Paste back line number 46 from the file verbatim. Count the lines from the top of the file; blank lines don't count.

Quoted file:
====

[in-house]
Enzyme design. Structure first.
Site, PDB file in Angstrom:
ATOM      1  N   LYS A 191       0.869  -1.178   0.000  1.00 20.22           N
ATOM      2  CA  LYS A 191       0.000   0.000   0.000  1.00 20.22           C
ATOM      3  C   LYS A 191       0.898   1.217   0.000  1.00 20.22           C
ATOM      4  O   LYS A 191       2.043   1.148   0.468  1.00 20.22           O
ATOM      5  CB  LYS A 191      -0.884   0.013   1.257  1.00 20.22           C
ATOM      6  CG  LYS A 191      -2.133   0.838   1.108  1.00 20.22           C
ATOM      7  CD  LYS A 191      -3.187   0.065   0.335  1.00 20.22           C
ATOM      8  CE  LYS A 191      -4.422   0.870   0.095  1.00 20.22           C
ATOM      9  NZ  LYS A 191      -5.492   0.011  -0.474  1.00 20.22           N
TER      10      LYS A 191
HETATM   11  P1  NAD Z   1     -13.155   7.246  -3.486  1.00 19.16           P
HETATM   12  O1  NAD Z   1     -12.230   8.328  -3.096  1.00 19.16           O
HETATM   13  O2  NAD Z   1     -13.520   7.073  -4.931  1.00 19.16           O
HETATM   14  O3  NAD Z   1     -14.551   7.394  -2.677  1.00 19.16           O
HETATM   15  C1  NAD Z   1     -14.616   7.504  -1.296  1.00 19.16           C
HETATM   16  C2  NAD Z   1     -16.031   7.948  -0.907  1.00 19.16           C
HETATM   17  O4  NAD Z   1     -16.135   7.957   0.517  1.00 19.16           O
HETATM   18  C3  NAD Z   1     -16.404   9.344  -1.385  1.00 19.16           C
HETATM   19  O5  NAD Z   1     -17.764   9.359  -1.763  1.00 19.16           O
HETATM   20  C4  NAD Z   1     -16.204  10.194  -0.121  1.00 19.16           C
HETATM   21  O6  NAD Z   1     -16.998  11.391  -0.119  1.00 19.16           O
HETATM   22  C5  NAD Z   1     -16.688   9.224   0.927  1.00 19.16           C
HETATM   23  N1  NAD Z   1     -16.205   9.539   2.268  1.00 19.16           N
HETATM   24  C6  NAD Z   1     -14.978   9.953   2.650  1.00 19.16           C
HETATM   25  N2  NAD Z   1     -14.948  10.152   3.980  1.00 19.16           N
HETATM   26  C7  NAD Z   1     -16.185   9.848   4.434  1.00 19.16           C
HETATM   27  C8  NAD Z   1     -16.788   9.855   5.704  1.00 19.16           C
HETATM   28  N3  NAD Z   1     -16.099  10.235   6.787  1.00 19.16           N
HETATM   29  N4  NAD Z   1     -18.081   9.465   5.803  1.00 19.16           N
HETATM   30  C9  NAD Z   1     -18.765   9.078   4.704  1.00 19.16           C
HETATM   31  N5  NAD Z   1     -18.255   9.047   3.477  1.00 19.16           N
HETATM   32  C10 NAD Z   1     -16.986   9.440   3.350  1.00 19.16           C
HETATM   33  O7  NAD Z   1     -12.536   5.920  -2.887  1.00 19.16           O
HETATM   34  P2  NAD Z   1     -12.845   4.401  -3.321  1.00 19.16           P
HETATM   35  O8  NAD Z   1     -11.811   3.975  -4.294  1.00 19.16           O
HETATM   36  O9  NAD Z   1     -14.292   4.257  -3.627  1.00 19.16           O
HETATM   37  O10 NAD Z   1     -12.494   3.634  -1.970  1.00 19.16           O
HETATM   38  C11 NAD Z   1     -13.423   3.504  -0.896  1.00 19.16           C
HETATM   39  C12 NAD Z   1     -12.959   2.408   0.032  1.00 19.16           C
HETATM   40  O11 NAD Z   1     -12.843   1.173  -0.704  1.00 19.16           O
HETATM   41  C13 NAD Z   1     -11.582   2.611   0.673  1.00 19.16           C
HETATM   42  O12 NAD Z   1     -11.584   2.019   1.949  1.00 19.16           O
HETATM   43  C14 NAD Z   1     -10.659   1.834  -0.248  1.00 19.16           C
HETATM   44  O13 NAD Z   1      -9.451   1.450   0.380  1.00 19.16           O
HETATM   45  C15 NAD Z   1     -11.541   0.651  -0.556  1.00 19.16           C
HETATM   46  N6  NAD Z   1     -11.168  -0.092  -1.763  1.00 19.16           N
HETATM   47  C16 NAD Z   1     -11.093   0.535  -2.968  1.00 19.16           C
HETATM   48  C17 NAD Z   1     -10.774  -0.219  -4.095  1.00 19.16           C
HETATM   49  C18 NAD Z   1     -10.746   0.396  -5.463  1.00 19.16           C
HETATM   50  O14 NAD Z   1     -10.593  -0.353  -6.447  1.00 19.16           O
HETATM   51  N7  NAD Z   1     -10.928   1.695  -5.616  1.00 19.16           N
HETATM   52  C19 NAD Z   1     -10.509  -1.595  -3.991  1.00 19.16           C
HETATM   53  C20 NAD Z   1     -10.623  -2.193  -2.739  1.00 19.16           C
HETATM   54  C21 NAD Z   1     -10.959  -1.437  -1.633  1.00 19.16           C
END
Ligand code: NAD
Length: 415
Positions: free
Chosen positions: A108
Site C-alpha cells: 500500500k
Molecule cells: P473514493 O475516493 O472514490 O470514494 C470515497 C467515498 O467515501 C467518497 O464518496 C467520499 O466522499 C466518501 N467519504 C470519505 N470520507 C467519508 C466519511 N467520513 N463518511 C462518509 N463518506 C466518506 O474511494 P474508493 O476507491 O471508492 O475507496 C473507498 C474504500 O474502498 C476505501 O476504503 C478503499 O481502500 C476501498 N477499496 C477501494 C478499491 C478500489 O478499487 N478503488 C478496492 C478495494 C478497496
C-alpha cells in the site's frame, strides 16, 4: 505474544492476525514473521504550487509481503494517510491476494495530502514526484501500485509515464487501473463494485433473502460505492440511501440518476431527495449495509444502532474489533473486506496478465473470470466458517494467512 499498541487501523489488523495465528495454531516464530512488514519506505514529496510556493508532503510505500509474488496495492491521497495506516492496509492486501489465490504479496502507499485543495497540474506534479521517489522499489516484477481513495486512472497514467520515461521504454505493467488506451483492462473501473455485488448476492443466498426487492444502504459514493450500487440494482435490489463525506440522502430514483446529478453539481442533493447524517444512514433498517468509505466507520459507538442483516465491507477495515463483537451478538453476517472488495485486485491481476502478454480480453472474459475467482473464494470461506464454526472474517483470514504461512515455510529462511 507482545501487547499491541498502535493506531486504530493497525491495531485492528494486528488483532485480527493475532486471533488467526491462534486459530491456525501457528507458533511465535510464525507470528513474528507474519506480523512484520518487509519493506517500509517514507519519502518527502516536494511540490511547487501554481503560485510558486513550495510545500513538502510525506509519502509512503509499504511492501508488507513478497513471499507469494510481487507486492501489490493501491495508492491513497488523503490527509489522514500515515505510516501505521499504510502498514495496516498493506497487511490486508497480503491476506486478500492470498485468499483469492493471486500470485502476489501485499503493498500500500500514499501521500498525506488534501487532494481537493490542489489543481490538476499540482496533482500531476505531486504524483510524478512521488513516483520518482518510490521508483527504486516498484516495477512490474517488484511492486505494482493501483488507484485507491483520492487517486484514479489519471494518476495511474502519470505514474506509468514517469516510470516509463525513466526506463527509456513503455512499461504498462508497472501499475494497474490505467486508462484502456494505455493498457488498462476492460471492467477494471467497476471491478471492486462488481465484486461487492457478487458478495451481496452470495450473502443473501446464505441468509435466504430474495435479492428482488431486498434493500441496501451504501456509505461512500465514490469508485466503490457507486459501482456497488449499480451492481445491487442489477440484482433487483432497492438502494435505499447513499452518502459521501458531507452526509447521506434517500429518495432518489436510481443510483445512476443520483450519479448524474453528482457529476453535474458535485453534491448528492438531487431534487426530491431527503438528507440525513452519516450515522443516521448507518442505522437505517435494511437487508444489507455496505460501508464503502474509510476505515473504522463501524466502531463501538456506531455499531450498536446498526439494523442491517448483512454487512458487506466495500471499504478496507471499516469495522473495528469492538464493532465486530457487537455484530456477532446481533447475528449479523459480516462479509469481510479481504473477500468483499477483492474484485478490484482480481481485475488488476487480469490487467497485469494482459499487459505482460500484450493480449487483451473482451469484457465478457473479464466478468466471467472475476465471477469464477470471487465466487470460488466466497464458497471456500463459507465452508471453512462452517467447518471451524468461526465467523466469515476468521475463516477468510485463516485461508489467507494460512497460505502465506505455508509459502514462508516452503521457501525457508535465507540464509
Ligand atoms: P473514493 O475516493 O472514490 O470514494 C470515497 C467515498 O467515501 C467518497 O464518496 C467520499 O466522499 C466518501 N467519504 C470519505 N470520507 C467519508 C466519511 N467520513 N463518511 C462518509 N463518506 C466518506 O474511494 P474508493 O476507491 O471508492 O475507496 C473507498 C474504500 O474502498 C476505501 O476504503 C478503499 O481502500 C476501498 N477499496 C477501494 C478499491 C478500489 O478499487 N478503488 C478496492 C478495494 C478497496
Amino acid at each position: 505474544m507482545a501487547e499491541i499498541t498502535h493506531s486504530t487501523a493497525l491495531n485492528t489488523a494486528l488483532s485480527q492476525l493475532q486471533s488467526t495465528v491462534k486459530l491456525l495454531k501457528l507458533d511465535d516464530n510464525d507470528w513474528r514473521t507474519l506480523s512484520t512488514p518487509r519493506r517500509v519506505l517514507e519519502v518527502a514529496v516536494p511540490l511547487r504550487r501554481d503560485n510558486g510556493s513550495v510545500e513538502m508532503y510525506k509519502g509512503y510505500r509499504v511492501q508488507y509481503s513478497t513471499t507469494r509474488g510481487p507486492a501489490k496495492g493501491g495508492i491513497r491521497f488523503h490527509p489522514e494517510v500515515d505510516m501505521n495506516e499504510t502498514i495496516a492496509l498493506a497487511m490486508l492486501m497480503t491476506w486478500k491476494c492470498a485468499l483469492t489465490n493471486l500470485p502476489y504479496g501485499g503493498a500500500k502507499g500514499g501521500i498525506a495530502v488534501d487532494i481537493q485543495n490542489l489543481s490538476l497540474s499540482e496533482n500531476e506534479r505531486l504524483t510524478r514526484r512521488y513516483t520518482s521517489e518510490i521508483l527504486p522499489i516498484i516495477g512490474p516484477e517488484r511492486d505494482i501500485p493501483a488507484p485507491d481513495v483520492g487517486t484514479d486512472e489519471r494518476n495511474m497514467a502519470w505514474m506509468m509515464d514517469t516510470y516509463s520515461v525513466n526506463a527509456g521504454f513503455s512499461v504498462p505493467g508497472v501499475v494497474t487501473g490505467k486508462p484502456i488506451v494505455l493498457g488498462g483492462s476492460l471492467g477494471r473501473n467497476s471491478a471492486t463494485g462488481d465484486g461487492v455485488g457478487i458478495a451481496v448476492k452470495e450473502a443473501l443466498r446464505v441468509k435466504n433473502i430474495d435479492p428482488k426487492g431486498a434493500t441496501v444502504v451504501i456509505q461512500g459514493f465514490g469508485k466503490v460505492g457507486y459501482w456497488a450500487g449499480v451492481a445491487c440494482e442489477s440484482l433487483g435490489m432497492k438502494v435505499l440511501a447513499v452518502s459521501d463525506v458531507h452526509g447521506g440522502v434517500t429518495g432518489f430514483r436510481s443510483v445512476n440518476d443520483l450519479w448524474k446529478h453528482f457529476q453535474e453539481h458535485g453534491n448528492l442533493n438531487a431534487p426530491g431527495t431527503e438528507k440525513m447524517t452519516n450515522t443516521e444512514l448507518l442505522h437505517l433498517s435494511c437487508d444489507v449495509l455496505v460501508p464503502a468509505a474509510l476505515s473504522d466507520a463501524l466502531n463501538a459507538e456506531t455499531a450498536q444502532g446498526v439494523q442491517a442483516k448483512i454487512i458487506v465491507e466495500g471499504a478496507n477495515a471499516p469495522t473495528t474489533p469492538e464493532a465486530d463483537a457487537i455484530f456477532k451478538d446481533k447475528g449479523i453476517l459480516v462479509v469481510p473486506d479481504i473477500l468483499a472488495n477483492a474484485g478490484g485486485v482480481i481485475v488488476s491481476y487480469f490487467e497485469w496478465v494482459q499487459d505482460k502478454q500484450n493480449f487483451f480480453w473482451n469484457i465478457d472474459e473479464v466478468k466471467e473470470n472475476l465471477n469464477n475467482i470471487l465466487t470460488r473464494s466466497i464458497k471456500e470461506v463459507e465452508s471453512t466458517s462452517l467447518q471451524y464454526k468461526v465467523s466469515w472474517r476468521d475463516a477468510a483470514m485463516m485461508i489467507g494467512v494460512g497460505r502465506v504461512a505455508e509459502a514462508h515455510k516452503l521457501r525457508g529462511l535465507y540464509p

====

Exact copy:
HETATM   43  C14 NAD Z   1     -10.659   1.834  -0.248  1.00 19.16           C